Caution: This is Not a How-To Manual
(You have to figure that out for yourself)
We don’t want to brag or anything, but with all the tropical storms, straight-line winds, tornadoes, lightning strikes and hurricanes that have passed over us in thirty-odd years, we have become pretty good at Tidying Tree Trash. Here are some of our secrets.
First Secret. We assess the mess. Where do we start? What tools do we need? What kinds of piles should we make? Where do we put the trash after we collect it? In short, we make a Specially Tailored Uberaction Plan In Detail.
This probably sounds pretty nerdy to you, but trust me, if you do this carefully, with the forethought and insight that are required, it will now be time for lunch and maybe a little nap before you have to get out and do any actual work.
Second Secret. Rakes are surprisingly efficient at tidying. If you want to be even more efficient, you can do the ambidextrous thing, that is switching sides as you rake to extend shoulder power. This will greatly amplify your raking prowess. Commendable! But do you really want to be the Super Man of Tree Trash?
No no no no! You should instead aim to be the Elmer Fudd of Tree Trash. This will keep shoulders, neck, arms and back happy. You do this by promising the kids in your family some big bucks for the raking job. If you don’t have kids of your own, bribe the neighbors’ kids. (Good luck getting any of them to work.) If you can’t get anyone to substitute-rake, at least send them to the drug store for a vat of linament and a case of aspirin.
Third Secret. We particularly focus on Tree Trash that people might trip on, especially litter on driveways and paths. We don’t want to deal with legal action from maimed mailmen. Tree Trash that is visibly poking out of shrubs in garden beds is also removed promptly, for purely aesthetic purposes, unless Hallowe’en is approaching.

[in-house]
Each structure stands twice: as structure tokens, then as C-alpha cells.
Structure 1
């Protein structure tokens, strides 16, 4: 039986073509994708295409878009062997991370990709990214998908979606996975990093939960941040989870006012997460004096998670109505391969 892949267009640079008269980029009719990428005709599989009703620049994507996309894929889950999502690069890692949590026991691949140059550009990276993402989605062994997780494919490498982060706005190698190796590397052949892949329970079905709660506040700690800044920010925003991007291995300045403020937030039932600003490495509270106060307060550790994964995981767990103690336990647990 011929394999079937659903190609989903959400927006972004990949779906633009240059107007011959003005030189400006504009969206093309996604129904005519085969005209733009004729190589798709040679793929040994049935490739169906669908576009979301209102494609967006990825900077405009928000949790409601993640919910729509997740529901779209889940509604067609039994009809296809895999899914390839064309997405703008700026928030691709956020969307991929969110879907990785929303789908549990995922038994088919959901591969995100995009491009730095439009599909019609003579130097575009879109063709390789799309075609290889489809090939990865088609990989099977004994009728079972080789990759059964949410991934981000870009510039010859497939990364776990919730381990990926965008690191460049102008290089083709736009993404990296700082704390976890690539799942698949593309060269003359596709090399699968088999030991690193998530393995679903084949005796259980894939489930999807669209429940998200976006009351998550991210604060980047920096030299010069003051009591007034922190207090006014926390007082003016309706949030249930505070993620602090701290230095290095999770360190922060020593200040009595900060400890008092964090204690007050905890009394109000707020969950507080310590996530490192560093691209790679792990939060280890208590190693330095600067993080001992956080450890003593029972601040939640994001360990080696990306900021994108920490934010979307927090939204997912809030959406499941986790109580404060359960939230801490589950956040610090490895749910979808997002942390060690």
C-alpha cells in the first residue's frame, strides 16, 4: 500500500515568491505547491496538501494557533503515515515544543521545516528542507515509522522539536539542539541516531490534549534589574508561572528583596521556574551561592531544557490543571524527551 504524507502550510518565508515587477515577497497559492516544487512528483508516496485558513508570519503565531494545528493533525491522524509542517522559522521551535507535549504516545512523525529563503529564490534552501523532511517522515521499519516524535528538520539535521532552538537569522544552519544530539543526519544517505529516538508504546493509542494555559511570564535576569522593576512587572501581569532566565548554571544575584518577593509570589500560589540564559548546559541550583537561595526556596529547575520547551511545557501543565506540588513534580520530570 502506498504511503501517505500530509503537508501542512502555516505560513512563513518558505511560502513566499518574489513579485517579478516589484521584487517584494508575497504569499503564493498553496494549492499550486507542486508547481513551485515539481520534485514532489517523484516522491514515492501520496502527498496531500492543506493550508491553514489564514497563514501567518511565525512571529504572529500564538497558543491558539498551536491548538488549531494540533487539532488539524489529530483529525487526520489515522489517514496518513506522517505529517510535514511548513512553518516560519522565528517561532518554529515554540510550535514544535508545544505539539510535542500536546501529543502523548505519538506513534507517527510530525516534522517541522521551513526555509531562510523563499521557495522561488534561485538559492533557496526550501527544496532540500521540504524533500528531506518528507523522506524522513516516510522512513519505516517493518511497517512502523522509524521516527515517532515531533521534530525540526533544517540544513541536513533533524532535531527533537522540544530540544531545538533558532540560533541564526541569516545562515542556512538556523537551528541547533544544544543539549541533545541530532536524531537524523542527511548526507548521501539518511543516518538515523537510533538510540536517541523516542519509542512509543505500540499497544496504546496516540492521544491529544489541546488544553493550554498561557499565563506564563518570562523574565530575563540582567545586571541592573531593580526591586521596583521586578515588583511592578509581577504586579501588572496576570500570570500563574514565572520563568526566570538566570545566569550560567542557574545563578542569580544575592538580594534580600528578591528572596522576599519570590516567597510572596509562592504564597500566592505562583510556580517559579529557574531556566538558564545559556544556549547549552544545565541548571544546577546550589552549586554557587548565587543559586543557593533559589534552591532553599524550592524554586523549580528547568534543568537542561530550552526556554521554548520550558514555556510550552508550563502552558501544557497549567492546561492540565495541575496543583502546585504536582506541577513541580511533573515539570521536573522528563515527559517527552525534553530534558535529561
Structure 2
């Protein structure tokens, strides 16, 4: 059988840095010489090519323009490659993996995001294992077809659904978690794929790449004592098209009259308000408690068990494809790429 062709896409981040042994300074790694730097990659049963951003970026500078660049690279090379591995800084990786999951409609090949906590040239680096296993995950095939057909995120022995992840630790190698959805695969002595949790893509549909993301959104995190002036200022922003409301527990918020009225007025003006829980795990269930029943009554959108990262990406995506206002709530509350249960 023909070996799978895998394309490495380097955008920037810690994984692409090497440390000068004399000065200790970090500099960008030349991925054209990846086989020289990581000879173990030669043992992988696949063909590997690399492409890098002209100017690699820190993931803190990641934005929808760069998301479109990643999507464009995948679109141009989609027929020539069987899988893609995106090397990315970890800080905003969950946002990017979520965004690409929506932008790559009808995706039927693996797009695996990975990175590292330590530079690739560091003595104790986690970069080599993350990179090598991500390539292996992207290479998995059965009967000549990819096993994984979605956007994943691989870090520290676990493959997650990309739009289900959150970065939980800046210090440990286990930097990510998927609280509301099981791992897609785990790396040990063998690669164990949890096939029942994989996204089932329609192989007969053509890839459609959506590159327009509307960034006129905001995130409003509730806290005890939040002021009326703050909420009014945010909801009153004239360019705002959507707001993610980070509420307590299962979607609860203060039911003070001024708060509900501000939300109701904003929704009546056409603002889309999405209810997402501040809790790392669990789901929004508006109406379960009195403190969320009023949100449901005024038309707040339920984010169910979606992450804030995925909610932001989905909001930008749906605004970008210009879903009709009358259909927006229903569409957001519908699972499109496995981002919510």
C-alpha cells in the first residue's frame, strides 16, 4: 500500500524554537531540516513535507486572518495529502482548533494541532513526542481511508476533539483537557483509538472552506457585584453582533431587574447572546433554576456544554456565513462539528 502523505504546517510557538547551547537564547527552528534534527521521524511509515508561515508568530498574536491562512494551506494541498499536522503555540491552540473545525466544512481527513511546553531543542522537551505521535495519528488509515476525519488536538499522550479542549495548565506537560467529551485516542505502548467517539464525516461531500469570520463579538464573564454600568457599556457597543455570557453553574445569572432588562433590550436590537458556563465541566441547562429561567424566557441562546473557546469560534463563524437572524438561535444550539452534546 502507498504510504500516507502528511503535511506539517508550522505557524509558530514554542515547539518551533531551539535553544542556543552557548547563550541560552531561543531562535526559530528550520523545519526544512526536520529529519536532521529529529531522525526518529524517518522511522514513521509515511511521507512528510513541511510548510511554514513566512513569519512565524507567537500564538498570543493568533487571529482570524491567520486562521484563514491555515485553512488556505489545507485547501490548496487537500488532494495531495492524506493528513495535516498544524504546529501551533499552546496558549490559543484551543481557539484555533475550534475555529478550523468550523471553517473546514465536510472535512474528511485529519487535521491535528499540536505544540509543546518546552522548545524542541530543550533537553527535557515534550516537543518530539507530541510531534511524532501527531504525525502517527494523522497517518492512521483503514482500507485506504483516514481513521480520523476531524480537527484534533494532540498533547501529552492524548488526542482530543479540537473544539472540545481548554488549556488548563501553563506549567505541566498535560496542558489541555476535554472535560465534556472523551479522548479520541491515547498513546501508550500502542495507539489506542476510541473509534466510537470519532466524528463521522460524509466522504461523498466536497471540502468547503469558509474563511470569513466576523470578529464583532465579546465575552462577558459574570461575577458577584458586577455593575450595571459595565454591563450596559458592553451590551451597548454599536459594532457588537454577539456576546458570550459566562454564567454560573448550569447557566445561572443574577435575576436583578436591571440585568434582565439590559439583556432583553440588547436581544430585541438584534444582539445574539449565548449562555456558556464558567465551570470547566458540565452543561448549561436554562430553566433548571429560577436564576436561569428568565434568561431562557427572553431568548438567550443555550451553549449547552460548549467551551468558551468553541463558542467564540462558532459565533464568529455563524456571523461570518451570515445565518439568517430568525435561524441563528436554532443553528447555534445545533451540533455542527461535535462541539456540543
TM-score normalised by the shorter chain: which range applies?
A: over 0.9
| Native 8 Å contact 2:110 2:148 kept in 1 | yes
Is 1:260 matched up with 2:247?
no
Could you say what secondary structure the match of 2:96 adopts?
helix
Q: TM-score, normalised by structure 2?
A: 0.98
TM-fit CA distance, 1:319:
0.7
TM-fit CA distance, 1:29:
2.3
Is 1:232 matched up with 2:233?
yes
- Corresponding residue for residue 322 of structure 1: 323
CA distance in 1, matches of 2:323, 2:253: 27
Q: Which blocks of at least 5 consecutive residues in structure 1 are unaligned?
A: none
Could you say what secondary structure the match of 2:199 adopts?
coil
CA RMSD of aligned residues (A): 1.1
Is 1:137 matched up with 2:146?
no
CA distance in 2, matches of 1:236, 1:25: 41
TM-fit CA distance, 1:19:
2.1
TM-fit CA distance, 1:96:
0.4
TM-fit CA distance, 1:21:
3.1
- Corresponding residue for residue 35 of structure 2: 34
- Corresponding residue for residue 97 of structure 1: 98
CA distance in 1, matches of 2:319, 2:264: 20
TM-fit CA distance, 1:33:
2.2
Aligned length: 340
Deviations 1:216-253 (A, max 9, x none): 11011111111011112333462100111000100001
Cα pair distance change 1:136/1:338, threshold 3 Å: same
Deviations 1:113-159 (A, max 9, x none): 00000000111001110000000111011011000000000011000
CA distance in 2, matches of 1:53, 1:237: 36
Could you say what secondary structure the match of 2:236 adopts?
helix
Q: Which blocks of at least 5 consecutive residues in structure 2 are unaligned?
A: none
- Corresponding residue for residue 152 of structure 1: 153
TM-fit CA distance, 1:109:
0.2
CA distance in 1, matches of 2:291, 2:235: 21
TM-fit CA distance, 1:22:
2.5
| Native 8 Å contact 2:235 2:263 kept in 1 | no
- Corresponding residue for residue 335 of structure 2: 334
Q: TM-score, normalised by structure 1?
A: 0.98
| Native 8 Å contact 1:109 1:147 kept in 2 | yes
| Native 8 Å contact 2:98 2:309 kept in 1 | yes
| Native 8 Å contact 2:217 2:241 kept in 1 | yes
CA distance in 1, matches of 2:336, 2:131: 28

We also avoid bushwacking in chigger-tick territory for obvious reasons. A year or so later, when we finally get around to gardening there, we’ll have some happy diversions. “Well, will you look at this. I wonder when this came down?”
Fourth Secret. As seniors we take our time. Not like those young people who are speedy speedy speedy at getting things done. Curious, since they have so much time ahead of them, while we in our sunset years ramble about like we have all the time in the world.
Fifth Secret. We hydrate. In case you have been asleep lately, that means taking a drink of something or other now and then. This can be tricky these days. If you are alert to recent health reports, you probably know that caffeine, sugar, corn syrup, high fructose corn syrup, sugar substitutes, artificial flavors, assorted artificial colors with assorted numbers, micro-plastics, and other unpronouncable ingredients should be avoided, which eliminates pretty much any palatable drink.
Of course, water is always a possibility, but if it isn’t coming from some Shangri-la thousands of miles away — or worse yet — you don’t know where your water comes from, well . . .